I can’t actually think of a trigger, but I’ve had insomnia nearly all my life. I’m not sure what the trigger ever was because I’ve had it since I was a child. I must have been about eight years old when I was frantic about not getting enough sleep and worried that if I didn’t get enough sleep, I wouldn’t be able to get through the school day, and that was at a very young age. My parents were concerned enough to take me to a therapist at that time.

Sally Newman:
I don’t remember too much about the therapist, but I do remember him with a slide projector, and he was explaining to me that I shouldn’t worry about sleep, it wasn’t that important, and that a lot of people didn’t sleep wonderfully, it wasn’t the end of the world. I remember he showed me a slide of Winston Churchill. Very old, very old, way before your time, who only used to cat nap, and he was perfectly all right. He showed me various other people. I think it did help me. It did help me to talk with a therapist at that time.

Sally Newman:
I didn’t have a major problem with it but I was witness to insomnia because my parents were both addicted to sleeping tablets. I remember they were taking lorazepam. Every single night at nine o’clock, my father would make my mother a cup of tea and they would take their sleeping tablets. So, I witnessed that growing up all my life. It’s possibly something that I picked up at an early age that sleep can be a problem. There wasn’t any trauma that happened to me in school, I’m pretty sure it wasn’t because I liked school.

Sally Newman:
As I went through my teens and 20s, my mother would occasionally give me a couple of tablets in case I had a bad night. It was always on my mind. I always had this thing about sleeping tablets. I was okay until in my 20s, we moved abroad, my husband and I. I think I was very unsettled because I’m not the kind of person who likes change so much. I had problems there. His cousin was a pharmacist and he used to get medicine for me. So I always had them, I tried not to take them regularly. So I always had them. So I’ve just had this ongoing relationship with sleeping tablets.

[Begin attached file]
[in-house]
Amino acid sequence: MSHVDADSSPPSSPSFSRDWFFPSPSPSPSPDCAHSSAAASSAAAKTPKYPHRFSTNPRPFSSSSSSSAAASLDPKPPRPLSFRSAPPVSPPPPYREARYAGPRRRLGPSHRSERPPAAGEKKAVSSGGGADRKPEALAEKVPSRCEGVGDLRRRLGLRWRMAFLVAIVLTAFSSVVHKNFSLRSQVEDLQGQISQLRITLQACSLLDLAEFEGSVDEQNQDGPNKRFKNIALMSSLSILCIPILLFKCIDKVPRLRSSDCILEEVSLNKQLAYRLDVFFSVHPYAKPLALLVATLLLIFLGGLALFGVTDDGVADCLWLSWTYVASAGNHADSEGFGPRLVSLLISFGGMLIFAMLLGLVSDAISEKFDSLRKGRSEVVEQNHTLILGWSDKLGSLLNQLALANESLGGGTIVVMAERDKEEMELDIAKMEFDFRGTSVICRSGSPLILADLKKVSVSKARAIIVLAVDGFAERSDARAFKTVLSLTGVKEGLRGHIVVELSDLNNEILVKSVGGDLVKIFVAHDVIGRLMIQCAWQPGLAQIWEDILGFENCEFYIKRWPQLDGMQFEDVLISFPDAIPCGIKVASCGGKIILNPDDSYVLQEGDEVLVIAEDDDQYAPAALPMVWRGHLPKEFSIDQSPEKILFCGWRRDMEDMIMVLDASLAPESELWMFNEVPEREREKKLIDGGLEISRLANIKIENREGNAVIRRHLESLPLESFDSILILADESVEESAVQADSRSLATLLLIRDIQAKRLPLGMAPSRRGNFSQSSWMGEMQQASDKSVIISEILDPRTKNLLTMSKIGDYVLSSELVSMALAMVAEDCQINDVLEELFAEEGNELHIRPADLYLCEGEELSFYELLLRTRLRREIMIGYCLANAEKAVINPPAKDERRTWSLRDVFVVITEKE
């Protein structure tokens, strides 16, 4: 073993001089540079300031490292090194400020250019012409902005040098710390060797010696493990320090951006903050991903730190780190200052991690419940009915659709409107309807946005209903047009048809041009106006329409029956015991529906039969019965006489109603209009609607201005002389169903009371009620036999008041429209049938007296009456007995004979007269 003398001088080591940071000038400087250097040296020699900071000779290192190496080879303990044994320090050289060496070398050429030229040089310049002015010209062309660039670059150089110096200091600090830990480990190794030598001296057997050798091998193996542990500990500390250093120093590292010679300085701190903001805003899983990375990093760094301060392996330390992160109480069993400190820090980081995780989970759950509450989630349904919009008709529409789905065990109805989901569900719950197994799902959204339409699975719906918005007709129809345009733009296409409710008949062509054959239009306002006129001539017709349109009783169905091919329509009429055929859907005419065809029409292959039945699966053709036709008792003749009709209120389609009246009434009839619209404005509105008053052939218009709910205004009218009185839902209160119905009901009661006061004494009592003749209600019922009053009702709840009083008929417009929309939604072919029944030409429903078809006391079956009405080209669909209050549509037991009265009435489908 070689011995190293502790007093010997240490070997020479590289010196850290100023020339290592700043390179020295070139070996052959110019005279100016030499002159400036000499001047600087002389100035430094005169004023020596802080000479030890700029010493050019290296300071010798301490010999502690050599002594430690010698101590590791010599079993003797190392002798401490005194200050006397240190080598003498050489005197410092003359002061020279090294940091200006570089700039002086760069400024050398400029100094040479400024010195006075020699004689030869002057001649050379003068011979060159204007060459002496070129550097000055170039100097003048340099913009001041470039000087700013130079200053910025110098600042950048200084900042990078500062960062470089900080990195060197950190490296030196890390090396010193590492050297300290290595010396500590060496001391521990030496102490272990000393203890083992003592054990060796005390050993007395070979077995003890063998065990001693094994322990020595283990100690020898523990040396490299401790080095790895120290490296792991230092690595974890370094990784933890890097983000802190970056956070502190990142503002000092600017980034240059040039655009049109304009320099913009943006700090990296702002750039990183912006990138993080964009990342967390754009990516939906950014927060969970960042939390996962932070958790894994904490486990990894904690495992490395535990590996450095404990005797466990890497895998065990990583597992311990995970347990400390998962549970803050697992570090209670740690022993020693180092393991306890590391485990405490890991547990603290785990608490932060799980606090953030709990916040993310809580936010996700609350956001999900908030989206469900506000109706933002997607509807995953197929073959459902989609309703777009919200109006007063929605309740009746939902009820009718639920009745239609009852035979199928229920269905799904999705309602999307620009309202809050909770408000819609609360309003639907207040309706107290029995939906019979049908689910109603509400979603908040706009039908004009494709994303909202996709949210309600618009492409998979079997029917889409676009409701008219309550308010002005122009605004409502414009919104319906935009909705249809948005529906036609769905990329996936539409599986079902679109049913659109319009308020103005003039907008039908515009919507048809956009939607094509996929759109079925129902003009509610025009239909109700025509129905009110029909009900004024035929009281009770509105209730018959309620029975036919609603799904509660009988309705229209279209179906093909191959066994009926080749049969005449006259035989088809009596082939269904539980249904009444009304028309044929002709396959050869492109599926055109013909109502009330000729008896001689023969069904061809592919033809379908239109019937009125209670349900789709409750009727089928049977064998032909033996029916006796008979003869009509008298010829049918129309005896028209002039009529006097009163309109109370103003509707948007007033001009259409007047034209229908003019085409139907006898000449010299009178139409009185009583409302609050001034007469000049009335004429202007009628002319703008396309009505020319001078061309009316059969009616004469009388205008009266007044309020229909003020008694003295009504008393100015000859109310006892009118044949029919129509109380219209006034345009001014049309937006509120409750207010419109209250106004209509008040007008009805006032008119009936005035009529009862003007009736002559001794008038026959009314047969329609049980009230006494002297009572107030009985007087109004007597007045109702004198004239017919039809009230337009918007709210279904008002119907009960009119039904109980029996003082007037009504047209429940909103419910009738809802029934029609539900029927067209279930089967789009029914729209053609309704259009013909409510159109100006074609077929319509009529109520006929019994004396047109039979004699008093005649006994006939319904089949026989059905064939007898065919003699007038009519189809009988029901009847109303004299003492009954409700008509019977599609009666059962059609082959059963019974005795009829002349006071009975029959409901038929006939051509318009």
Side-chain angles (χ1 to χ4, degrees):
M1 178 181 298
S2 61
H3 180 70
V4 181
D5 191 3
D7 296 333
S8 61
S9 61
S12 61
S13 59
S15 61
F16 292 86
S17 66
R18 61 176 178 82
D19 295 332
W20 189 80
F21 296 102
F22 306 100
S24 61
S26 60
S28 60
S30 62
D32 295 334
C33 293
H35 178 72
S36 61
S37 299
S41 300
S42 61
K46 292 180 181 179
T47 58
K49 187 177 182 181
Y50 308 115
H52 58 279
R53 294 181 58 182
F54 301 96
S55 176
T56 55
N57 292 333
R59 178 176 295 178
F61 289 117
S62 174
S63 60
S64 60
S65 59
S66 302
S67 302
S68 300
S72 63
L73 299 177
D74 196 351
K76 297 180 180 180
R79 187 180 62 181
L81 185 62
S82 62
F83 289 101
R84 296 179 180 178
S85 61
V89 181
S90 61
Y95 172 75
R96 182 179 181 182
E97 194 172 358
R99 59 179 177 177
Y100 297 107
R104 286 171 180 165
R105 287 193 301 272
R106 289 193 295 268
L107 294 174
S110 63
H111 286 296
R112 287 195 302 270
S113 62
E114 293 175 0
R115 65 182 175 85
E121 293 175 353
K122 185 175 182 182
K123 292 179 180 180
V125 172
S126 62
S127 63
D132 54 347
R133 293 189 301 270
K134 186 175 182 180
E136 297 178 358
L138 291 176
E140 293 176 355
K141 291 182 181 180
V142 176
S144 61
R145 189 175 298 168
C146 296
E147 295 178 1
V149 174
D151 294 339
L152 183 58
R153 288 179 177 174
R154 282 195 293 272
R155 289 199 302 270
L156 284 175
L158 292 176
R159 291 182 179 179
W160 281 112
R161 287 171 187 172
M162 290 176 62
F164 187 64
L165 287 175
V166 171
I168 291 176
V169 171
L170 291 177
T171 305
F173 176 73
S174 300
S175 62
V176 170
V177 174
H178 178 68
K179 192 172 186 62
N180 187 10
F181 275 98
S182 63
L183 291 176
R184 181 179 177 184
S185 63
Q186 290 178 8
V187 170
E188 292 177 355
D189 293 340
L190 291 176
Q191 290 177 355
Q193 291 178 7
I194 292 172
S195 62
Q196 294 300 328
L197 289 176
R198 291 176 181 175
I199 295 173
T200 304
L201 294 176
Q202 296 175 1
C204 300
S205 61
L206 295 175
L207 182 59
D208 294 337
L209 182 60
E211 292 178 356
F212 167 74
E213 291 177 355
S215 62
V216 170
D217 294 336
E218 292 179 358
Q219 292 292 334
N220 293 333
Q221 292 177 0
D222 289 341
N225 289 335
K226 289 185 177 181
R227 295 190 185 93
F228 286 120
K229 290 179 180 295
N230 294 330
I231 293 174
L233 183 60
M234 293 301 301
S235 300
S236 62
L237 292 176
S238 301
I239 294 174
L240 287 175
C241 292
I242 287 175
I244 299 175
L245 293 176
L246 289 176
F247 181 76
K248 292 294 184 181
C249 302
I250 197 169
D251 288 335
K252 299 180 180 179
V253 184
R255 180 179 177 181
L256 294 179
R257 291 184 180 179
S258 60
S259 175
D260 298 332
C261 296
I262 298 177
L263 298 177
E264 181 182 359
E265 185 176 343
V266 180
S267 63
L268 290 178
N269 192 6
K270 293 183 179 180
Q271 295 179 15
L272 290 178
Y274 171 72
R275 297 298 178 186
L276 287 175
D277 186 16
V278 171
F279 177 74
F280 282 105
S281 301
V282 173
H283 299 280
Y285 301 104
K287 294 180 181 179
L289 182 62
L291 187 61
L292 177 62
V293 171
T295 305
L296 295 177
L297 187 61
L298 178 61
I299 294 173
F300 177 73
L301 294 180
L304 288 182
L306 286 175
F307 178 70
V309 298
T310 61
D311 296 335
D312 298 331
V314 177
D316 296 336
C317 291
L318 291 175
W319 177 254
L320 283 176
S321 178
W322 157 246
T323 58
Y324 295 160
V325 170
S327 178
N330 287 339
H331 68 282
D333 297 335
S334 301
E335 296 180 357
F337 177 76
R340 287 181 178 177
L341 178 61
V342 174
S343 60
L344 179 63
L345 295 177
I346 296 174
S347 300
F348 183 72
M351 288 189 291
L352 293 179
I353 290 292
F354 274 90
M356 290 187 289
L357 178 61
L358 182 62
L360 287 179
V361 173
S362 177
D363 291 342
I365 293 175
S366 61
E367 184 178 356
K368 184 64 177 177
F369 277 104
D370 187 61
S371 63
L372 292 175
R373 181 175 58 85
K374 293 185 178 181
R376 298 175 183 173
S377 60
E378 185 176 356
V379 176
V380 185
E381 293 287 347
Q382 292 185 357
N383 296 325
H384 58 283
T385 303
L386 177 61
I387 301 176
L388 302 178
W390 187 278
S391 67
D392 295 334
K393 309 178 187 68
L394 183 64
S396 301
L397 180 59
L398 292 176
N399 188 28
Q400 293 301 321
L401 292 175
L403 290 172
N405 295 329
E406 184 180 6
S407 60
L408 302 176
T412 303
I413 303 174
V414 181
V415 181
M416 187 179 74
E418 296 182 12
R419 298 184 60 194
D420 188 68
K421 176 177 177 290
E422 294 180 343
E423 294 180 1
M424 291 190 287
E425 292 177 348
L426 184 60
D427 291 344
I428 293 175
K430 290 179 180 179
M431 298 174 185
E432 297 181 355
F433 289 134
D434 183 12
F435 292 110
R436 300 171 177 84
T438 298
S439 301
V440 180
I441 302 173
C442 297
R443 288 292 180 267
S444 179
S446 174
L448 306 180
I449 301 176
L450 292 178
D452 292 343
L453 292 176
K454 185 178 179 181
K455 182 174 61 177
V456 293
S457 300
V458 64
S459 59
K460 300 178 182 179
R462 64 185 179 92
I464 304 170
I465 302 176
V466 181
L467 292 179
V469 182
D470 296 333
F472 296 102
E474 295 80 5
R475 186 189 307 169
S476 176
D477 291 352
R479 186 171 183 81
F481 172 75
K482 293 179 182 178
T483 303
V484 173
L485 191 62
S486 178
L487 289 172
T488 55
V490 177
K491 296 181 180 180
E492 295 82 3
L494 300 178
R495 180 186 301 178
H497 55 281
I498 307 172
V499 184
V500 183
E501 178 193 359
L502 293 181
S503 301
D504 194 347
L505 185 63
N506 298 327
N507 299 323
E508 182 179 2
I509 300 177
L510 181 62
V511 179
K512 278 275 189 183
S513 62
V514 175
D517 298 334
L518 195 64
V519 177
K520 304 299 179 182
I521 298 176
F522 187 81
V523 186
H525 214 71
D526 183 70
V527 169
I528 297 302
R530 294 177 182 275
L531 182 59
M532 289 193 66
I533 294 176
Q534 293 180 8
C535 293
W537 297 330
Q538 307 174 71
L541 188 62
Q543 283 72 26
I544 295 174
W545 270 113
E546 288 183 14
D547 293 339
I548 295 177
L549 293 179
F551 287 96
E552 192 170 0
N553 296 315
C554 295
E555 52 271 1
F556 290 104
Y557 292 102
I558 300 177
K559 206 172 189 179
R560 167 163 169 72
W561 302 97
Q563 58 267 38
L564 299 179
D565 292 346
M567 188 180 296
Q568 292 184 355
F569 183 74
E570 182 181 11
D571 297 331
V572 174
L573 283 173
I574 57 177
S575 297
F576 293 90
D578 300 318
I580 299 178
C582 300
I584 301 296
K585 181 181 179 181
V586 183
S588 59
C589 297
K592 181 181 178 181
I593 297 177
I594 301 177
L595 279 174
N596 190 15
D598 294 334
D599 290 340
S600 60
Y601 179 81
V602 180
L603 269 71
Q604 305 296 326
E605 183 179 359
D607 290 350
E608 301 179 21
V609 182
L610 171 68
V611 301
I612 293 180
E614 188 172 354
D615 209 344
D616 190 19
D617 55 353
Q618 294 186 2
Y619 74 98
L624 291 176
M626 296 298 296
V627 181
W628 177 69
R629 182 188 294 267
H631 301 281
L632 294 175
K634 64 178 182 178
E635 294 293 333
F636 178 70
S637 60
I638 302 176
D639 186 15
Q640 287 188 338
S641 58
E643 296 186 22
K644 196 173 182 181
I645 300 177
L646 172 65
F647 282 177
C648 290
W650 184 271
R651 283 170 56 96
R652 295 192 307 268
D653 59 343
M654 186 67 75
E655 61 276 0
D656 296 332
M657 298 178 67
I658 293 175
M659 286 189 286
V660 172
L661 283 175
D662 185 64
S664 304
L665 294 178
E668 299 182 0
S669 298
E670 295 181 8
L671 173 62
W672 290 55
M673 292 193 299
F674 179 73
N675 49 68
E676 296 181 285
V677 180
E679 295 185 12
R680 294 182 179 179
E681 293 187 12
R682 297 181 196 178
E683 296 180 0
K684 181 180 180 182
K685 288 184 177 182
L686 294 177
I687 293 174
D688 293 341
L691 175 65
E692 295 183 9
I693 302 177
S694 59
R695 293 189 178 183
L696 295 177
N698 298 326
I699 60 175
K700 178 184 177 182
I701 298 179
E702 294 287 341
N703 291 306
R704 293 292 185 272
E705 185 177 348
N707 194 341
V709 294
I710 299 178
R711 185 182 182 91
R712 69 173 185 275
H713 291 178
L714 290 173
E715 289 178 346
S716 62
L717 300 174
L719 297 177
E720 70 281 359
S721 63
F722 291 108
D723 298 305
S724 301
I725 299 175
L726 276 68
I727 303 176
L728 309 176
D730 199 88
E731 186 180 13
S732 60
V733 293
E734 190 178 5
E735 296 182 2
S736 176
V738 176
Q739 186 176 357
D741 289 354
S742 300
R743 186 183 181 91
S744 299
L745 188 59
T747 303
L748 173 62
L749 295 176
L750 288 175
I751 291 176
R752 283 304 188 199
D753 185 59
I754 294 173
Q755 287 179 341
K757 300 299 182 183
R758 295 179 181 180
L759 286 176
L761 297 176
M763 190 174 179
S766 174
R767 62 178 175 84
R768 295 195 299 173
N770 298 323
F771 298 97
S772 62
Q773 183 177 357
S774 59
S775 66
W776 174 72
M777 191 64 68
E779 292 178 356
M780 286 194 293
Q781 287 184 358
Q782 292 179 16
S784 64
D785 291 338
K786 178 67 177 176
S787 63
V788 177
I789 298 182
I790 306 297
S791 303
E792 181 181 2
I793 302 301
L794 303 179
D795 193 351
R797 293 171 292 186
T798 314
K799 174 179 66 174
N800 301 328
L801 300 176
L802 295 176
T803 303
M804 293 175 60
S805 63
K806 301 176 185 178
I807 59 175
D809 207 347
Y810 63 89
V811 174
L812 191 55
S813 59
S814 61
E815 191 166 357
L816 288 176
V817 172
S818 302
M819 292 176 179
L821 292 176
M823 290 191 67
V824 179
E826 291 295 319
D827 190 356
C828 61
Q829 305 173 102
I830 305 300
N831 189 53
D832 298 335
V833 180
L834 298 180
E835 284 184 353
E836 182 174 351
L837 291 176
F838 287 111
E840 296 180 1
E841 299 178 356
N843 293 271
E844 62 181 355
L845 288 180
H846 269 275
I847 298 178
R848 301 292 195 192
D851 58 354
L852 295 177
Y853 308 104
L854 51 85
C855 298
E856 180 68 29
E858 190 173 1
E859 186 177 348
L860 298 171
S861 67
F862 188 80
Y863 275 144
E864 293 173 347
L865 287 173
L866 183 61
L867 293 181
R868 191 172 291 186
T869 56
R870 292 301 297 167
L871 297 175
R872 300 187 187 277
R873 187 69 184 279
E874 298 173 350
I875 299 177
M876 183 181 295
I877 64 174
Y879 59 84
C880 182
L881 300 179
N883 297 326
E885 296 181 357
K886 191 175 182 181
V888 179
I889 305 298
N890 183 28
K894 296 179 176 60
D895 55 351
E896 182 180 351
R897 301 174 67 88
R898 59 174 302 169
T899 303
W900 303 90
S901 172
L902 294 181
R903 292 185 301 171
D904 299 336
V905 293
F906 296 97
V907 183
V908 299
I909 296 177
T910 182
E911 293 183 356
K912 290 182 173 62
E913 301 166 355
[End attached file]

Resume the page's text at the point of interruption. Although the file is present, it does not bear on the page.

Sally Newman:
I was taking them intermittently. And then 10 years ago we moved from the UK to Spain. Half the year here and half the year in Spain, that’s how it was happening. I have been to the doctor with my sleep problems in London and he gave me like 14 tablets for ages. I could go back and get more but they were to last me really. So, I trusted, normally, I took over the counter tablets. I often had very bad nights. And then when I was desperate, I would count down to the days I could take one of my tablets.